This painting of Comet Ikeya-Seki, visible during the day, was done by now-retired Hayden Planetarium artist Helmut K. Wimmer and was based on a description made by Hayden's Chief Astronomer, Ken Franklin, from an airplane hovering over West Point, New York. It was originally published in the February 1966 issue of Natural History magazine. Republished with permission.
Forty years ago this week, one of the brightest and most spectacular comets ever seen was putting on a memorable show in the morning twilight sky. It came out of nowhere and was described by some as being 10 times brighter than the full Moon.
On the morning of September 19, 1965 (Tokyo Time), two Japanese amateur astronomers, Kaoru Ikeya and Tsutomu Seki, independently discovered a nearly naked-eye comet that somehow managed to escape detection until it was less than 100 million miles from the Sun. The first dispatch stated that:
"Dr. H. Hirose, Tokyo Astronomical Observatory, announces the discovery of a comet by Ikeya and Seki."
Both of these young men had made other comet discoveries, but this one would soon catapult them to fame. In the days that followed their initial sighting, additional observations were reported and preliminary orbits were computed, but these gave no hint that this new comet was anything out of the ordinary.
The surprise came on October 1 when it was announced that Comet Ikeya-Seki was going to literally graze the Sun. According to calculations by Dr. Leland E. Cunningham of the Leuschner Observatory (Berkeley, California), Comet Ikeya-Seki would swing around the Sun on October 21, passing a mere 291,000 miles from the solar surface, probably becoming at least as bright as magnitude -7 (about eight times brighter than Venus)! Dr. Cunningham also cited Ikeya-Seki's "very close resemblance to that of the Great Sun-Grazing Comet of 1882 and its family."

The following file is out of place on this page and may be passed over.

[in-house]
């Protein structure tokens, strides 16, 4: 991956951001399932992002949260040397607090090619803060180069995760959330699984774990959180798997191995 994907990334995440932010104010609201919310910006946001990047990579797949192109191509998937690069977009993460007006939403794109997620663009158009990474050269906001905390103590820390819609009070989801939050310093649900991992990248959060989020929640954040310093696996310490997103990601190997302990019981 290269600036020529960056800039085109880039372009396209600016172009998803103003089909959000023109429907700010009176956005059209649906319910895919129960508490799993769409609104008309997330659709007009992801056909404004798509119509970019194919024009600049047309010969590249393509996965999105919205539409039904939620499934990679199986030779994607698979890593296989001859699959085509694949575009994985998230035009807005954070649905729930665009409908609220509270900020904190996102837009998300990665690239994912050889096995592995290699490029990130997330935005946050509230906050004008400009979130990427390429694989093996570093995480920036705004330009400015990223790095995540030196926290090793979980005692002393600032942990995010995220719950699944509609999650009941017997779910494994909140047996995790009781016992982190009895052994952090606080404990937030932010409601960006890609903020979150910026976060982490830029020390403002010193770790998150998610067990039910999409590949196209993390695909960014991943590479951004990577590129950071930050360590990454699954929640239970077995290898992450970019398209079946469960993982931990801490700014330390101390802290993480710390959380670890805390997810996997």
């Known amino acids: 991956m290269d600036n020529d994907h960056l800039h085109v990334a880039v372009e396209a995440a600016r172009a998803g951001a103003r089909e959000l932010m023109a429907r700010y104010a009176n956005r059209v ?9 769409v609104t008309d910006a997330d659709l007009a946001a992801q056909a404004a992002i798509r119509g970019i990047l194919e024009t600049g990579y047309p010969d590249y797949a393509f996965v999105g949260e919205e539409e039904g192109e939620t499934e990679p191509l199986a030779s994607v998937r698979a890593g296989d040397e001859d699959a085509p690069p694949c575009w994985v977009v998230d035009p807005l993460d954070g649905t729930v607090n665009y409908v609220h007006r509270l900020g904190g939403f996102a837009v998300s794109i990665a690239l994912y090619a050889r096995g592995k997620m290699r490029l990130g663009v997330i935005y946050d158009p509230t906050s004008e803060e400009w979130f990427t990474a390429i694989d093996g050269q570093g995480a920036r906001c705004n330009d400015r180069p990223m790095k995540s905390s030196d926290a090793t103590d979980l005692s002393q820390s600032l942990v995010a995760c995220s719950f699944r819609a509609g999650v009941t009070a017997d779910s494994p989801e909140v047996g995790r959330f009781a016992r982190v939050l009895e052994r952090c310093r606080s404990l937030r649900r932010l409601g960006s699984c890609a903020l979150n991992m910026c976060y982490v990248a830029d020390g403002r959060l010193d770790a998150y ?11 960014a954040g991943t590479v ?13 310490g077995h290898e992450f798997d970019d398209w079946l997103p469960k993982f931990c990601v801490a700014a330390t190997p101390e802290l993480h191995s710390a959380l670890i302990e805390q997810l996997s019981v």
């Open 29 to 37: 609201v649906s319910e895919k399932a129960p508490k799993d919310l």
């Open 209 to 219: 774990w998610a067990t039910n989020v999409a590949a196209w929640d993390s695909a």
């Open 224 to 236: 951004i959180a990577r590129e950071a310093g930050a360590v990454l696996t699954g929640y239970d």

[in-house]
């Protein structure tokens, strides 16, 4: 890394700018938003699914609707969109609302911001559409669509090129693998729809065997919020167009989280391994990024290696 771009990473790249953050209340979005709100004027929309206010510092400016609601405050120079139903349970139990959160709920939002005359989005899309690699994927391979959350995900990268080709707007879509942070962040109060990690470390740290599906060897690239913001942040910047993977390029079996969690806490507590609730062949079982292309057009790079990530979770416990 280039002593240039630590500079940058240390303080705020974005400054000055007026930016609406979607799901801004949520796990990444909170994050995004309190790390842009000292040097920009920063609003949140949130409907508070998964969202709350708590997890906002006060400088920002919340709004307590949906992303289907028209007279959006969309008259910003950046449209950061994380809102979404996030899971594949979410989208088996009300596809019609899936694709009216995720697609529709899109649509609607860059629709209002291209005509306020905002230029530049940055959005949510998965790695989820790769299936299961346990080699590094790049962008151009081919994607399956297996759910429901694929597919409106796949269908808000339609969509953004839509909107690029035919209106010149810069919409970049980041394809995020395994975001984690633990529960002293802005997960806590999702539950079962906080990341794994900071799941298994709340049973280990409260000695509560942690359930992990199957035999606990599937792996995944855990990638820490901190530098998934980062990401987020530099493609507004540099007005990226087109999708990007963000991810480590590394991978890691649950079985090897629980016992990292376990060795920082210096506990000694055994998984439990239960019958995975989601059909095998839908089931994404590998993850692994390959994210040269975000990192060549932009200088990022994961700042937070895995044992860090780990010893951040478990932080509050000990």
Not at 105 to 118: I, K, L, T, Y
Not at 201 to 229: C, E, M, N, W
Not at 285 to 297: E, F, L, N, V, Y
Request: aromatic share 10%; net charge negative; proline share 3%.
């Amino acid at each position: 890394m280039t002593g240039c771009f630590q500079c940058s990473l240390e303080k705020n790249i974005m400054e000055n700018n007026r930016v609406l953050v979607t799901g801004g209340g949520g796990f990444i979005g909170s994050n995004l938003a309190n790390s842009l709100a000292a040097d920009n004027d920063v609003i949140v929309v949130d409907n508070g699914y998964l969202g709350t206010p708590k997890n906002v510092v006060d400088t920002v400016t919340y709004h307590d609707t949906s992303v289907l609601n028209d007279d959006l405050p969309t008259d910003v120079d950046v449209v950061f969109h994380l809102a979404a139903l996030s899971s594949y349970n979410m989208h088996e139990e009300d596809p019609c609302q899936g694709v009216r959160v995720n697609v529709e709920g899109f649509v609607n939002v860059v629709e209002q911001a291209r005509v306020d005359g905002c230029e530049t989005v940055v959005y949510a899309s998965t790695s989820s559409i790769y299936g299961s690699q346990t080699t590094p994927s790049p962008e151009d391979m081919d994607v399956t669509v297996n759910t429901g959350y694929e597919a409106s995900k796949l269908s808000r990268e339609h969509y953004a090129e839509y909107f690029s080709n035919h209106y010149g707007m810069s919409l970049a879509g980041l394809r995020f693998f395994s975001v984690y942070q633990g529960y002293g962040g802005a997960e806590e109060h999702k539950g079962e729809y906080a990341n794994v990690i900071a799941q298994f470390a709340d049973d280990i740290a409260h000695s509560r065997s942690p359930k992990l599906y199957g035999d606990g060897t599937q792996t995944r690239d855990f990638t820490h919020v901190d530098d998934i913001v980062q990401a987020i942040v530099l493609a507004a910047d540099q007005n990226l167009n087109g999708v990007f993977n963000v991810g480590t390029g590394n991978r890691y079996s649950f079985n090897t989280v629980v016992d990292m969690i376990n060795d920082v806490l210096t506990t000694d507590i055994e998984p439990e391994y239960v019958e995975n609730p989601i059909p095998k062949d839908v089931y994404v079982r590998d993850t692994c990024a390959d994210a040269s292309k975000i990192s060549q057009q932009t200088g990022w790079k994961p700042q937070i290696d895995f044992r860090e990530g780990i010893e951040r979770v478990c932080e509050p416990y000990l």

The sungrazing family of comets
In the year 1888 astronomer Heinrich Kreutz (1854-1907) noted that sungrazing comets, all followed along approximately the same orbit.
Apparently, they were all fragments of a single giant comet, which had fragmented in the distant past. And it's quite probable that these fragments, have themselves broken up repeatedly as they've orbited the sun, resulting in periods ranging from about 500 to 800 years. In honor of his work, this special group of comets is named the Kreutz Sungrazers. Two of these sungrazers, (in 1843 and 1882) not only developed very long tails but also achieved the rare distinction of having been bright enough to be seen in broad daylight with the unaided eye.
With this as a background, Ikeya-Seki suddenly broke onto the scene, and with it, public interest in viewing it increased almost exponentially overnight.